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Type Research Diary, Part III

All hail Zarathustra! I am transformed from a paleolithical fossil to an evolved creature within seconds by something black. Coffee. All references to monolyths are purely intentional.

Having done homework and drunk coffee, I finally make it into an introductory session, to be ushered into class soon thereafter. The first object related to the class is a trolley, which returns five minutes later with a stack of Hans Wehrs, collosal when compared to the person pushing the trolley. On her insistance on shoving it into the classroom herself, we move on to the next section of the programme.

The classroom is familiar, I may have spent time in it myself, learning Spanish, in a previous life. A few students are waiting for the clas to begin, for their classmates to arrive. They do, it begins. Repetition and sentences. This is the third level, Intermediate to advanced, these students have spent a minimum of three semesters infusing themselves whith knowledge of Arab culture.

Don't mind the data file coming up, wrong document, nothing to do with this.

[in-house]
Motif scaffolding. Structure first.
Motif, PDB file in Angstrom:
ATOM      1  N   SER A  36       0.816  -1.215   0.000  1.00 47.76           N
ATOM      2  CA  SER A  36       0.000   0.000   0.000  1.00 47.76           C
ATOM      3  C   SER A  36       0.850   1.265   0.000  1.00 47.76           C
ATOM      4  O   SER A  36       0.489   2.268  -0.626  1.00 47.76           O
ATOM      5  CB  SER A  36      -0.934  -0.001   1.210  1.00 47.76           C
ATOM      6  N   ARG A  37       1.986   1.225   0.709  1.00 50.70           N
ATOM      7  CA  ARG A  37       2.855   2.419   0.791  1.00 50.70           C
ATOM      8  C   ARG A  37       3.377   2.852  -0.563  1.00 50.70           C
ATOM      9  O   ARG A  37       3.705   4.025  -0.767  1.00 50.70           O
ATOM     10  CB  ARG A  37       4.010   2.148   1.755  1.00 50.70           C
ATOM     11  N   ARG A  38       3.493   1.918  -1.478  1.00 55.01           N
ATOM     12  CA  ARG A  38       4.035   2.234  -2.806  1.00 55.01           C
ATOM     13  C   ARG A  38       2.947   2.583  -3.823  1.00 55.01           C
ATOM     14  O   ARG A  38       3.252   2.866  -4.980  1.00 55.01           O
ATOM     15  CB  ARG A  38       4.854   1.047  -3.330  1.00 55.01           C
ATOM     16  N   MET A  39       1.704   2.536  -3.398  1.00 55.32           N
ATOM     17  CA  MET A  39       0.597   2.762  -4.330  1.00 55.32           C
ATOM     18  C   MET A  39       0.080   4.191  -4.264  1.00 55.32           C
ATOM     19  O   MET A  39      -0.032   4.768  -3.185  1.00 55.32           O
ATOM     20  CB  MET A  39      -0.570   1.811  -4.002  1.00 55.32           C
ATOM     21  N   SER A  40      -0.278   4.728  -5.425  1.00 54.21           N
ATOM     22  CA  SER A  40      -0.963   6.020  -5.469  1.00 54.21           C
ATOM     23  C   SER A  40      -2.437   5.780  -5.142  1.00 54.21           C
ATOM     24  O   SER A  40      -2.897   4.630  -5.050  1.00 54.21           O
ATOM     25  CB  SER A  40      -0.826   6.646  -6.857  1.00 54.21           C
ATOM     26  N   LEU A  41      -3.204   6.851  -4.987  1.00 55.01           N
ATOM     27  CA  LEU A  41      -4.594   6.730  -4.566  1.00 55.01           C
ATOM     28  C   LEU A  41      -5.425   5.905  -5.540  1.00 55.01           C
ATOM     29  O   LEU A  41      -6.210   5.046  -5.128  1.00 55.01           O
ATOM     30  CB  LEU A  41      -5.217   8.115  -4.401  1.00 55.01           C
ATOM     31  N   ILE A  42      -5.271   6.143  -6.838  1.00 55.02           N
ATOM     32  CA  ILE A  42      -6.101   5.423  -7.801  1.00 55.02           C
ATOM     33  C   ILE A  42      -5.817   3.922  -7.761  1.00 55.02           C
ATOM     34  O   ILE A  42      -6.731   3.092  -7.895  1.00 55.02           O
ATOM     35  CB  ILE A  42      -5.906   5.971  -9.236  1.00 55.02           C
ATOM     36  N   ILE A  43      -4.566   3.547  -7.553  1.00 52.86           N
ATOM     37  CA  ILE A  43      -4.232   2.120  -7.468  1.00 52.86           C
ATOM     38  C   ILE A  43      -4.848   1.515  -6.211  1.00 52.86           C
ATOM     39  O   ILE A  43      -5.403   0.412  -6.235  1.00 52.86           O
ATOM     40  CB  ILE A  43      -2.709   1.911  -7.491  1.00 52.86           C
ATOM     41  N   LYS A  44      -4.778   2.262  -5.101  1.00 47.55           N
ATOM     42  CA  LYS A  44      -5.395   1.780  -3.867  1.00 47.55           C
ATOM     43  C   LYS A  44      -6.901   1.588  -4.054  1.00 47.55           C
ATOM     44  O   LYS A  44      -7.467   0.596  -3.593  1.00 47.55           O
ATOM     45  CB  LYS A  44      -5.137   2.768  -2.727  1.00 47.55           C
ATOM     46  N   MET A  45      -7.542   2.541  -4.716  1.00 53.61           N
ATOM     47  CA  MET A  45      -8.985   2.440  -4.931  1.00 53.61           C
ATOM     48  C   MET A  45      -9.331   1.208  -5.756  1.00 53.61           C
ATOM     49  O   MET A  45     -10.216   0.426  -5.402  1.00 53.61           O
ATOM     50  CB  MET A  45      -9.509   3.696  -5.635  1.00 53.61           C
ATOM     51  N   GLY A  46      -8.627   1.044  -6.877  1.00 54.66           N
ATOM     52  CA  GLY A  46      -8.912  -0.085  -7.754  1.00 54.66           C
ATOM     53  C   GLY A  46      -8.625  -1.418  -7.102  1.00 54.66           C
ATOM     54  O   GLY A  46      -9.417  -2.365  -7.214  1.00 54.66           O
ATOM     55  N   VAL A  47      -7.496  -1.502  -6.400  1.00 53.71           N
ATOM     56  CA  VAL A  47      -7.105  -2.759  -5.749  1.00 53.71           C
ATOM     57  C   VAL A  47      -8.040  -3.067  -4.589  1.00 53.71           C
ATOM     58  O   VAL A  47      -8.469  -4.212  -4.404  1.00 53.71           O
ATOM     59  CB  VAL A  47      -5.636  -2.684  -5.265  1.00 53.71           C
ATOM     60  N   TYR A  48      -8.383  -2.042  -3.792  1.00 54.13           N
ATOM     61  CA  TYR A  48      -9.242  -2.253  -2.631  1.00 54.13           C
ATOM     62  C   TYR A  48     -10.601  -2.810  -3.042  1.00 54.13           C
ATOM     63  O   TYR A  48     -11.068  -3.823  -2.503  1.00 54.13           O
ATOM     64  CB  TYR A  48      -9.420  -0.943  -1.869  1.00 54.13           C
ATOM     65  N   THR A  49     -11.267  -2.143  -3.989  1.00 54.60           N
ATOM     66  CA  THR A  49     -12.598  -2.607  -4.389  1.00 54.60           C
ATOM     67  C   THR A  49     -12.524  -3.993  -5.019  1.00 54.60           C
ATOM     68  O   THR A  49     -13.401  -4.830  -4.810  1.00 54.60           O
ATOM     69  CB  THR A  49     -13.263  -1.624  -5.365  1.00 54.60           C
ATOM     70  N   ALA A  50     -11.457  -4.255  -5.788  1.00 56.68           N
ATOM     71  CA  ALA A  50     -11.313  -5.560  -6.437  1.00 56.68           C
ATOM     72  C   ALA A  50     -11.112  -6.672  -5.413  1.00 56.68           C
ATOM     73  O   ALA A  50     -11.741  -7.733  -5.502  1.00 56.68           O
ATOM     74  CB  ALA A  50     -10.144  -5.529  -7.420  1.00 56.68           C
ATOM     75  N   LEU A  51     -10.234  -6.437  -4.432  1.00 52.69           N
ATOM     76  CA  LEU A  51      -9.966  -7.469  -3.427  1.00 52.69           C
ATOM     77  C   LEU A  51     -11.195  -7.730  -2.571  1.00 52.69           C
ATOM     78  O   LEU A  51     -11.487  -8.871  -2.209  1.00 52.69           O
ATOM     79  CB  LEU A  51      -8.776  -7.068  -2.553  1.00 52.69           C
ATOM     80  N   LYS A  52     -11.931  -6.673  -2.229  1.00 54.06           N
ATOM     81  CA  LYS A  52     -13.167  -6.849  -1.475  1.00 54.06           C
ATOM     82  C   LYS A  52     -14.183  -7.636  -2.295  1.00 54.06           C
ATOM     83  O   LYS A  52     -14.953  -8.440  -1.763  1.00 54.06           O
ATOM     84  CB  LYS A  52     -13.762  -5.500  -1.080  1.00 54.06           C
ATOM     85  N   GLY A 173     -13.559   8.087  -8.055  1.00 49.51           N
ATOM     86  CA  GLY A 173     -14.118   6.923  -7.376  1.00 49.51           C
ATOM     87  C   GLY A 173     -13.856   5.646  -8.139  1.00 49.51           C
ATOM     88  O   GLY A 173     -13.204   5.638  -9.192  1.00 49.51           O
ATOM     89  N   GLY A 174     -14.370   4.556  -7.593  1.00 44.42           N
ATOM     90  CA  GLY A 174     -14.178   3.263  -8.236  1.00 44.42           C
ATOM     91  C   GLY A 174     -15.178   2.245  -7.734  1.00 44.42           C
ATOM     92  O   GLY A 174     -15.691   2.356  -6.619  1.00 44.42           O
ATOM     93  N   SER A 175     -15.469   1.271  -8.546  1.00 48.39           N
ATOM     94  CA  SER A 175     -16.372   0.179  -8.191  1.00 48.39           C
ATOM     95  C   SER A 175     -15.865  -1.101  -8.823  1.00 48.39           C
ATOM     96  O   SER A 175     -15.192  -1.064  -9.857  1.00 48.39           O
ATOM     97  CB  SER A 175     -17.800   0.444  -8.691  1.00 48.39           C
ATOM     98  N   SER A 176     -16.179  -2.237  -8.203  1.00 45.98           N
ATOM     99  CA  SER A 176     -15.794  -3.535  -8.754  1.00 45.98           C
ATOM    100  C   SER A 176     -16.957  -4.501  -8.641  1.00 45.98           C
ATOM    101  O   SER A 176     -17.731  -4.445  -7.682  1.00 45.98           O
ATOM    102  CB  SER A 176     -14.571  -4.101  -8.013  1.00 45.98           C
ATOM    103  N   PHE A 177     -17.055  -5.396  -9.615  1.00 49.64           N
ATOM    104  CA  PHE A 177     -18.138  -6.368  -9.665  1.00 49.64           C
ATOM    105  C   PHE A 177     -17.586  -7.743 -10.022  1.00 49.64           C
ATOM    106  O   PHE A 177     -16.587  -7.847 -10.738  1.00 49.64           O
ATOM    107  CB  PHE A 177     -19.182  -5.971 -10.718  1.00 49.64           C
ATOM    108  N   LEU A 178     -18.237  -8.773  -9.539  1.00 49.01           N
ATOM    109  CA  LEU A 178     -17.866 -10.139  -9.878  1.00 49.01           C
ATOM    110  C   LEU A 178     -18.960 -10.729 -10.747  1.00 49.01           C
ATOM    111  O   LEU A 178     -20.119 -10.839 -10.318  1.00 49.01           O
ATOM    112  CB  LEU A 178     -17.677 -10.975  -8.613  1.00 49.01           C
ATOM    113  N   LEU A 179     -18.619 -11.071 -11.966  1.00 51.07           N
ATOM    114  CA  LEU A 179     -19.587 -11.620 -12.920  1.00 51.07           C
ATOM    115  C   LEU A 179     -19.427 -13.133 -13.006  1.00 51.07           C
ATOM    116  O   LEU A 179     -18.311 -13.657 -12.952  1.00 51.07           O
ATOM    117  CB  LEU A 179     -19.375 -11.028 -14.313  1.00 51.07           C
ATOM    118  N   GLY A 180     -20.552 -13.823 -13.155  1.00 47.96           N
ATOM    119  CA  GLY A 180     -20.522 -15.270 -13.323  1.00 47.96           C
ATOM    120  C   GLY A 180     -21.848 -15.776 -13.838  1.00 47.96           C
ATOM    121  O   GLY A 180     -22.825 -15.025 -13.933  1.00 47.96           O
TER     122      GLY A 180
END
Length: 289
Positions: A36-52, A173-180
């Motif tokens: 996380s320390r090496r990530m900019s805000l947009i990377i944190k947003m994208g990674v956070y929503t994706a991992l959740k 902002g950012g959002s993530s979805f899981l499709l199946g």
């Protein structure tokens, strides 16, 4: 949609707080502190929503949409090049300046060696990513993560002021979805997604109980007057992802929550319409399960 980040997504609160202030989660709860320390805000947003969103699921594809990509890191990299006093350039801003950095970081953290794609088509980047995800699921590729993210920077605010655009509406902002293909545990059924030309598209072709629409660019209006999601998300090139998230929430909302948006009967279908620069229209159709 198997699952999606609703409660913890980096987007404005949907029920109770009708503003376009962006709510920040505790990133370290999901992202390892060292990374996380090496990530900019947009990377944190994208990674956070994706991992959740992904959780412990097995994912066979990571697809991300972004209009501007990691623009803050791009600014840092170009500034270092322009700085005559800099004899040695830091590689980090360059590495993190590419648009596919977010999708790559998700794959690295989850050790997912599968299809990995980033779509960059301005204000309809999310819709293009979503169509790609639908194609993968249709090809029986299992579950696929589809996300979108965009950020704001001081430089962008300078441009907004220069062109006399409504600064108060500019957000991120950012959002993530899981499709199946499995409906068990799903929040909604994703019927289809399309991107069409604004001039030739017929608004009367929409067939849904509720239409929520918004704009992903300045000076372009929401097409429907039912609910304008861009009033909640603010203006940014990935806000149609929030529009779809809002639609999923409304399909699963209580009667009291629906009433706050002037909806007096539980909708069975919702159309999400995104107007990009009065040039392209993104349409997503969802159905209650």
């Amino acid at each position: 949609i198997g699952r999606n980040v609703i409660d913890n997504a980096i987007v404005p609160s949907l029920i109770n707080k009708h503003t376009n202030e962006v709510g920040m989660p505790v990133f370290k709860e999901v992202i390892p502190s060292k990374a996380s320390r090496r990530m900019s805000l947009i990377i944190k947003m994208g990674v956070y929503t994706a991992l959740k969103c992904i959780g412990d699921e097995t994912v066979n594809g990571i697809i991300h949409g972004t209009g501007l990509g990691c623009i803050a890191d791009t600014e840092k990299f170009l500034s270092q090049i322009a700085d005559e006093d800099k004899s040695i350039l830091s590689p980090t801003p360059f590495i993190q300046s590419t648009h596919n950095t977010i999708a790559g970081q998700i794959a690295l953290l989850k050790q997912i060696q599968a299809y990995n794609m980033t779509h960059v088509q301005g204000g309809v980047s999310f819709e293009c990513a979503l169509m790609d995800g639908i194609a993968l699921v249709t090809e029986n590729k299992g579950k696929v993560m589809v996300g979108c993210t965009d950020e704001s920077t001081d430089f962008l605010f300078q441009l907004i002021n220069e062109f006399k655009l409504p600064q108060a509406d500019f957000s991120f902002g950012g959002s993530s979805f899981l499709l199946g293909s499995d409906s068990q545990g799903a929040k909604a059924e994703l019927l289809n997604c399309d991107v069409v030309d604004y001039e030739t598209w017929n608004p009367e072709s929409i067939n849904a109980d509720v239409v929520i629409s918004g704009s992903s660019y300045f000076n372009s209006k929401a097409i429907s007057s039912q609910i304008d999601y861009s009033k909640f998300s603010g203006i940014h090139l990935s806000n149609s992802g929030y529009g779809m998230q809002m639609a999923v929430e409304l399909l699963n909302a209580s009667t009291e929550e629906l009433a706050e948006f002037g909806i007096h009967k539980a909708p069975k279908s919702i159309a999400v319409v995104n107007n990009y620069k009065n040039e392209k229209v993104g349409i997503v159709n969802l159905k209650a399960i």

Arab culture is a fragmented and diverse topic, which for the purposes of this diary, will be referred to as a coherent whole most of the time. This is entirely unfair to the separate cultures which make up what has been historically termed as the collective Arab identity, however, this may be the only way to deal with the topic efficiently in this context.

I find myself slightly envious of the enthusiam with which they engage in their learning. Even though their understanding of the language is still not fully developped and their pronunciation still needs a bit of work, it is apparent that these people are enjoying the way the language is taught to them.

I am transported back to a long- gone age, in which we were taught the same things at a slightly younger age than these people are at now. The diacritics, the careful declination of cases, bringing words back to their roots…

صباح الخير!


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